Another person injured in a volcanic eruption on a New Zealand island died Saturday, bringing the official death toll to 16 with two others missing.
New Zealand police on Saturday night announced the most recent death after the Dec. 9 eruption on White Island. Two more people who are presumed dead remain unaccounted for.
Among those killed in the volcanic eruption were Matthew and Berend Hollander, two American teenage brothers who had moved to Australia with their parents; Hayden Marshall-Inman of New Zealand; and at least seven people from Australia — including Krystal Browitt, 21, who was the first victim named by police.
Australia's Department of Foreign Affairs and Trade has confirmed the deaths of Jason Griffiths, Karla Mathews and Richard Elzer. The respective family members of Gavin Dallow, Julie Richards and her young daughter Jessica confirmed their deaths publicly.
Dallow's family also confirmed that Zoe Hosking, his stepdaughter, "is presumed dead and her body is still on White Island."
On Friday authorities recovered six bodies from the island in a risky operation as the threat of another eruption remained.
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The geological agency GeoNet said Friday that although the level of volcanic tremors has dropped, it remains very high compared to pre-eruption levels, and steam and mud bursts were continuing.
"Police remain focused on supporting families at this terrible time," New Zealand police Deputy CommissionerJohn Tims said in a statement about the new death.
Many of those injured suffered terrible burns.
Authorities had said earlier Saturday, before the injured person’s death was announced, that 15 people remained hospitalized in the country and 11 of those were in critical condition.
Thirteen others who were injured had been transported to Australia, the ministry of health said Saturday.
Searchers on Saturday continued to look for the body of one person seen in the water following the eruption, police said. The water around the island has been contaminated and visibility was said to be poor, creating challenging conditions.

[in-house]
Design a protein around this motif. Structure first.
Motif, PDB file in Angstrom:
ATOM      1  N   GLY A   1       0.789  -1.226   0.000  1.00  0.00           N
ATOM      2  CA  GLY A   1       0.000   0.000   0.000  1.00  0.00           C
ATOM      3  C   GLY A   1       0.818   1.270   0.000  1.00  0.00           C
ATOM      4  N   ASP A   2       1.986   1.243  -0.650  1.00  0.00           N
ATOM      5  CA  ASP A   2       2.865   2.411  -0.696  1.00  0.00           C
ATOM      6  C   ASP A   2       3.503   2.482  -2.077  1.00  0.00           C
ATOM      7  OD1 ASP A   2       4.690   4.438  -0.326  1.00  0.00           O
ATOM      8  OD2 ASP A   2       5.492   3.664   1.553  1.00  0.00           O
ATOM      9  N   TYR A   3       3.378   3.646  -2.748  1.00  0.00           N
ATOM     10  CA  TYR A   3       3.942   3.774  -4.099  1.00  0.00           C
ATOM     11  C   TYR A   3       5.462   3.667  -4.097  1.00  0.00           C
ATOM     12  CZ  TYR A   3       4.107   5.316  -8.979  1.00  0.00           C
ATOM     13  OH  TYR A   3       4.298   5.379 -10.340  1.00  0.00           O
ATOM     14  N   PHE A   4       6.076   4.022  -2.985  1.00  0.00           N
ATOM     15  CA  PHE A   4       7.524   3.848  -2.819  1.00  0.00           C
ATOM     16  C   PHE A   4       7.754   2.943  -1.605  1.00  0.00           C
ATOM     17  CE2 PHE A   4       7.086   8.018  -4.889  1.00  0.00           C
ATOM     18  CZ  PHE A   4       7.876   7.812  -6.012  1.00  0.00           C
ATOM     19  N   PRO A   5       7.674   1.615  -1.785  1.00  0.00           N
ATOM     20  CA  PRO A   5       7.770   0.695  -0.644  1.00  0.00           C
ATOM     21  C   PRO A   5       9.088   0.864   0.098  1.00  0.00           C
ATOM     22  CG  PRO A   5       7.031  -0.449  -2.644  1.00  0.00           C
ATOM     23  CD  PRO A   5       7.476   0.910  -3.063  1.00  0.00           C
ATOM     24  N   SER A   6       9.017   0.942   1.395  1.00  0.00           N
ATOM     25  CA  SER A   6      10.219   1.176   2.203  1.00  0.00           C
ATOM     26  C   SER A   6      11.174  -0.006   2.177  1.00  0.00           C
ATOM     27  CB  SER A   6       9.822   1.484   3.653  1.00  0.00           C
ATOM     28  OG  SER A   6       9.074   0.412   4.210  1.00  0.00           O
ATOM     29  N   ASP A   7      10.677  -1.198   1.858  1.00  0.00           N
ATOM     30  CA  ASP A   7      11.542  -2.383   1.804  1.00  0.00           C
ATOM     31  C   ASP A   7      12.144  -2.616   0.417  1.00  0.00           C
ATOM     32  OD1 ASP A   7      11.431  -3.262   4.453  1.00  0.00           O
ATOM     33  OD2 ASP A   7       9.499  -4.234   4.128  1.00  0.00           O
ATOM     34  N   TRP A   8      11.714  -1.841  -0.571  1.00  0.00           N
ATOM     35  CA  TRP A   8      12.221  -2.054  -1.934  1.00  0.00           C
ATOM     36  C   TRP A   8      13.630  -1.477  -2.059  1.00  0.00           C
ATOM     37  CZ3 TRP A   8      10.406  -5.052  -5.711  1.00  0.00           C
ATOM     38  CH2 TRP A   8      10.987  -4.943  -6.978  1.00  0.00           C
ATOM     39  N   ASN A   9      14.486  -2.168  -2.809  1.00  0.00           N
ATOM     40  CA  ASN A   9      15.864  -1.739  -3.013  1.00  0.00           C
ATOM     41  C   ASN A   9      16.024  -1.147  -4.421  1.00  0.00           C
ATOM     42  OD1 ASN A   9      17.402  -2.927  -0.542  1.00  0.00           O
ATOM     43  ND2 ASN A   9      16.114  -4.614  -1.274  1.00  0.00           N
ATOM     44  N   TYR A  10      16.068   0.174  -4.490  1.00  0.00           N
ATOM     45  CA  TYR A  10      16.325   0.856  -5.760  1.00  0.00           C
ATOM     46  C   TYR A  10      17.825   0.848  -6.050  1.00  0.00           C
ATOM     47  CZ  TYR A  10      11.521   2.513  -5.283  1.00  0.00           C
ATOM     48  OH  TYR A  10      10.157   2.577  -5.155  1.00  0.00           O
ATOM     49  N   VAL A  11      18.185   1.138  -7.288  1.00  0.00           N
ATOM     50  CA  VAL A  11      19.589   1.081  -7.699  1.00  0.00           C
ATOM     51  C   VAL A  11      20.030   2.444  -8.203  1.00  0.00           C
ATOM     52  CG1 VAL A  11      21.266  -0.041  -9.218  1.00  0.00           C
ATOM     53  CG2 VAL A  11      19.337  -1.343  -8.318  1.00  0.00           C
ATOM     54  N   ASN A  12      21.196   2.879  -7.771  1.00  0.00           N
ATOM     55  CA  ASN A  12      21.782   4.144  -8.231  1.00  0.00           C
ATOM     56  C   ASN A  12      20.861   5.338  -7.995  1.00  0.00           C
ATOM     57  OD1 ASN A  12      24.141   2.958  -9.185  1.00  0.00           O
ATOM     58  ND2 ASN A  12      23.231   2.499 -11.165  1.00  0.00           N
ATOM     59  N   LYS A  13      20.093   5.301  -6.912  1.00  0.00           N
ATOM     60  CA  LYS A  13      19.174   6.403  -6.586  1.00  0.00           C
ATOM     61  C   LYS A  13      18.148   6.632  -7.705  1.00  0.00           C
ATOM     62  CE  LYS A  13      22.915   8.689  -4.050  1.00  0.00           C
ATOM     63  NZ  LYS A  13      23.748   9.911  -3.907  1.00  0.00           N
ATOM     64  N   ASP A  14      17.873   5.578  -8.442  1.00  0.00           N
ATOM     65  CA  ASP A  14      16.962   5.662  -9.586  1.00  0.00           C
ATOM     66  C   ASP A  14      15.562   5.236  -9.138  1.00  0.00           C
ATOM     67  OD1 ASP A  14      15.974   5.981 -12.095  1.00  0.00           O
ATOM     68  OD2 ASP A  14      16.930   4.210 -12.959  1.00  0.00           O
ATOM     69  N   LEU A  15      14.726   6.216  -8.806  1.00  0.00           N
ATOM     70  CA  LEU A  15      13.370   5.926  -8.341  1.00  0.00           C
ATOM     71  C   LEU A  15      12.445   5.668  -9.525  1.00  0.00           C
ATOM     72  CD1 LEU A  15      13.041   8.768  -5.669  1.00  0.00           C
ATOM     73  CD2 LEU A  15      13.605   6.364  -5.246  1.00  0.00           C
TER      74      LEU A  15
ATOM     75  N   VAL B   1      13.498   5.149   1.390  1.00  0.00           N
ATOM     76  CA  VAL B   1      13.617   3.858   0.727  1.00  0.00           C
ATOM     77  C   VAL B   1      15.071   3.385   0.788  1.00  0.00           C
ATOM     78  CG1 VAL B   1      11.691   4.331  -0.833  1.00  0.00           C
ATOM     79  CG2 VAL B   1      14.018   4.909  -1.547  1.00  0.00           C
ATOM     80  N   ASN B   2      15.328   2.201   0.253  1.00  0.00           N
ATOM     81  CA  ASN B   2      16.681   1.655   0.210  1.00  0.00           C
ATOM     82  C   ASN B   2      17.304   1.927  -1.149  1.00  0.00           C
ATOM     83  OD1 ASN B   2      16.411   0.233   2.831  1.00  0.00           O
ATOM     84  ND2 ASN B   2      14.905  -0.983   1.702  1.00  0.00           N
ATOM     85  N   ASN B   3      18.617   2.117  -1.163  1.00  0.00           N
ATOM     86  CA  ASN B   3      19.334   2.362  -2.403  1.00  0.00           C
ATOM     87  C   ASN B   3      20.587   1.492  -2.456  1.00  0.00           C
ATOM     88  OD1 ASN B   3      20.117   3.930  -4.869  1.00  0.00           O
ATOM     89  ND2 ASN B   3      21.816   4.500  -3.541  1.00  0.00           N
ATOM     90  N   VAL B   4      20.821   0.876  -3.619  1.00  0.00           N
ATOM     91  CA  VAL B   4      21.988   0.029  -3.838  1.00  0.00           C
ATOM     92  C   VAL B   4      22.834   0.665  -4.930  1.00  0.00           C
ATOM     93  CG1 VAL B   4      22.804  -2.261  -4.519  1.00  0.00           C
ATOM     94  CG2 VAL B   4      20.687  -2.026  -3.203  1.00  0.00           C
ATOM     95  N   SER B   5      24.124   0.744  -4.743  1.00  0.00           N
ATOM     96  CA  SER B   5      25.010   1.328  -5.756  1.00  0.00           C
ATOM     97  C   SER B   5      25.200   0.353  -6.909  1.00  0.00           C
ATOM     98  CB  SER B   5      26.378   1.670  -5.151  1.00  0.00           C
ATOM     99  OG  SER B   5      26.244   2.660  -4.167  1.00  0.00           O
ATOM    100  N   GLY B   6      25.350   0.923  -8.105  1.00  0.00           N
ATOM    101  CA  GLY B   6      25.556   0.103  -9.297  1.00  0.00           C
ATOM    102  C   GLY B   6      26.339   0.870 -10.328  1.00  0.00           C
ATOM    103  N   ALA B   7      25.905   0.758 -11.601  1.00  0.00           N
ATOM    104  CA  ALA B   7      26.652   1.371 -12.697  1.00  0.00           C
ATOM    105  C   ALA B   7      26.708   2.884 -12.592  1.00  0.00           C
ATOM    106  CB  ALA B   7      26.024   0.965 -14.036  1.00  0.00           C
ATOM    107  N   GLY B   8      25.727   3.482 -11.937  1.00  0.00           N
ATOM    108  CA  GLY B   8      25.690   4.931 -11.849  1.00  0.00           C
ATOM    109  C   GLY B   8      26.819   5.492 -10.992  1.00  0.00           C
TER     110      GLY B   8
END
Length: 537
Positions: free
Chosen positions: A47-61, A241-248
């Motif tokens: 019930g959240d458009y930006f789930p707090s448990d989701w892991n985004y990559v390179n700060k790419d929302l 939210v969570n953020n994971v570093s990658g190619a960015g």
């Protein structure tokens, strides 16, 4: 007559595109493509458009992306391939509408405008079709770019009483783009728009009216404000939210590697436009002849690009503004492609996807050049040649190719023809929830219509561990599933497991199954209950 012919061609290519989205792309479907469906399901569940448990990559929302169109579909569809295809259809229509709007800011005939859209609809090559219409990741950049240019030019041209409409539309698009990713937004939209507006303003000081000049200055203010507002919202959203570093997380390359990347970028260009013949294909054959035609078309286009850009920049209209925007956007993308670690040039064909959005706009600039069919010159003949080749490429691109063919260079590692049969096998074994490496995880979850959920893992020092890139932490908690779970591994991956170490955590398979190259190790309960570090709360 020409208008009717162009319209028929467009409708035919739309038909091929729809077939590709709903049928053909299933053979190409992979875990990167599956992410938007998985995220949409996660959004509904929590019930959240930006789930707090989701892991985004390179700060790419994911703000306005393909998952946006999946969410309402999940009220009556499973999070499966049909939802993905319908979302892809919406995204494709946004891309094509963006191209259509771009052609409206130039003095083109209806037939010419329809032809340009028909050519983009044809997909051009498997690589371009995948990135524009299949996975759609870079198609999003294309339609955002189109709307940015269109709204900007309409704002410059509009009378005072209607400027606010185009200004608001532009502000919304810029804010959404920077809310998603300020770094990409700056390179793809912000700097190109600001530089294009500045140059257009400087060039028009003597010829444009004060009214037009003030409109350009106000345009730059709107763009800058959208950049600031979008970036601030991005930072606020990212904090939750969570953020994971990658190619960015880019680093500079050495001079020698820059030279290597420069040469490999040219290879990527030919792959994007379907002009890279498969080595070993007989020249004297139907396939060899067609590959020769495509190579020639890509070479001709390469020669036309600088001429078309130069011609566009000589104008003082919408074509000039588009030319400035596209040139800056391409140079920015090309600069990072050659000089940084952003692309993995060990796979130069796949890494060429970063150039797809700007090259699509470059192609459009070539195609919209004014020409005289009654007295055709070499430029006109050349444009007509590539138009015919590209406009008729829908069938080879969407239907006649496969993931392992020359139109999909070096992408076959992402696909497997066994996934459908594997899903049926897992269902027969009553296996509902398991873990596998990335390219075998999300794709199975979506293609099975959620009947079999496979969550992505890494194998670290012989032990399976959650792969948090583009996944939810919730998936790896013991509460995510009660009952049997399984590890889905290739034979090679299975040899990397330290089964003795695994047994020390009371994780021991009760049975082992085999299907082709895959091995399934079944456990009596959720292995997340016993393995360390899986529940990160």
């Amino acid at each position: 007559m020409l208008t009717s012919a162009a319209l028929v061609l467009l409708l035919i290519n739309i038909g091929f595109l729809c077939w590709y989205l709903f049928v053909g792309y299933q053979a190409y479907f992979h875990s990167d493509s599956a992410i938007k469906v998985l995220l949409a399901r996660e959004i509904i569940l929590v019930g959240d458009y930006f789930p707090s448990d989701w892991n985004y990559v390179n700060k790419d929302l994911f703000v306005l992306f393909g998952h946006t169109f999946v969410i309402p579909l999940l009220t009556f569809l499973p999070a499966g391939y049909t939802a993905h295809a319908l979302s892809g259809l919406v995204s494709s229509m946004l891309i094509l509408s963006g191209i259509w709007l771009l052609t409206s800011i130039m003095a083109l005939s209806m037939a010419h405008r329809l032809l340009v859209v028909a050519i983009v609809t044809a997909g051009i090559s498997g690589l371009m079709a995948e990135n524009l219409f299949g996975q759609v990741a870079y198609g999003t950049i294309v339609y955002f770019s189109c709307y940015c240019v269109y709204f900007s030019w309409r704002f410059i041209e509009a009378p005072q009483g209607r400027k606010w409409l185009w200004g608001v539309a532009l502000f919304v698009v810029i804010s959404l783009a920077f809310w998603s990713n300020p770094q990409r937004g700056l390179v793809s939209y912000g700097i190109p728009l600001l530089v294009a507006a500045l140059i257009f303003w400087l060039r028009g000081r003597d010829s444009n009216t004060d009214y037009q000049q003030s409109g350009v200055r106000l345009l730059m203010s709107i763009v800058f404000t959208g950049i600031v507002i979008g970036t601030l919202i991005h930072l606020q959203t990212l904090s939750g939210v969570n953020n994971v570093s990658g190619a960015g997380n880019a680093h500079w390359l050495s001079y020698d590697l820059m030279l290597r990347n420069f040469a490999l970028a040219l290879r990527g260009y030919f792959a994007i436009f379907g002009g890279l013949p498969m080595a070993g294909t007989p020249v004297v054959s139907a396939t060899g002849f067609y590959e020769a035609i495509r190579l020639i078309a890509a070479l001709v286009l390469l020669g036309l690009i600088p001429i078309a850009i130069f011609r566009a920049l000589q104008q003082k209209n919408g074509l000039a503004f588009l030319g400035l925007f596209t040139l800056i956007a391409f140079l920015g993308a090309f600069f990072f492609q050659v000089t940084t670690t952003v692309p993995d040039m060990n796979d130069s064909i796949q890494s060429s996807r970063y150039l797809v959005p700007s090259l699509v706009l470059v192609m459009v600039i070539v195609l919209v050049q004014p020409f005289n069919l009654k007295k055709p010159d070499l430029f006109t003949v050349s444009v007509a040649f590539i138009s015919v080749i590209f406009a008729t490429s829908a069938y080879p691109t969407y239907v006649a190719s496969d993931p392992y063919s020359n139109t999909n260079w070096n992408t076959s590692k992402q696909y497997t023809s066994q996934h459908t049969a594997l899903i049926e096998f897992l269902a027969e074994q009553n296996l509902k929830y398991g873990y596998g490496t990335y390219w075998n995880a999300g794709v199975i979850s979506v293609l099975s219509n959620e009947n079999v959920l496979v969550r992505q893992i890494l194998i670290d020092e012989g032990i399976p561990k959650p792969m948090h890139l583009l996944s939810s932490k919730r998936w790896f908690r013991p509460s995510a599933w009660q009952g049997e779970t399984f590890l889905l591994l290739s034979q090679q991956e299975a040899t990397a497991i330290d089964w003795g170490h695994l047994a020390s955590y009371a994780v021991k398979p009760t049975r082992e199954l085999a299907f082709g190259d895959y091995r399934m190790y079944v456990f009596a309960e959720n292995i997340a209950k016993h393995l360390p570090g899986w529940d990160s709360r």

White Island is roughly 30 miles off the coast of New Zealand's North Island and is known as a stratovolcano, characterized by continuous small-to-moderate eruptions over the past 150,000 years. Scientists say the volcano is difficult to predict, making it one of the most dangerous in the world.
About 47 tourists, including nine Americans, were visiting the island when the volcano erupted.
New Zealand police said they intend to open an investigation into surrounding events, including an inquest into health and safety issues for tourists and tour companies.
White Island is privately owned but became part of a scenic reserve in 1953, and daily tours bring more than 10,000 visitors each year, according to GeoNet's website. Around 70 percent of the volcano is underwater, and it is the largest volcanic structure in the country.
New Zealand Prime Minister Jacinda Ardern on Friday thanked those involved in the recovery and said her thoughts were with the victims' families.
"We know that reunification won't ease that sense of loss or grief because I don't think anything can," Ardern said in a statement. "But we felt an enormous duty of care as New Zealanders to make sure that we brought their family members back."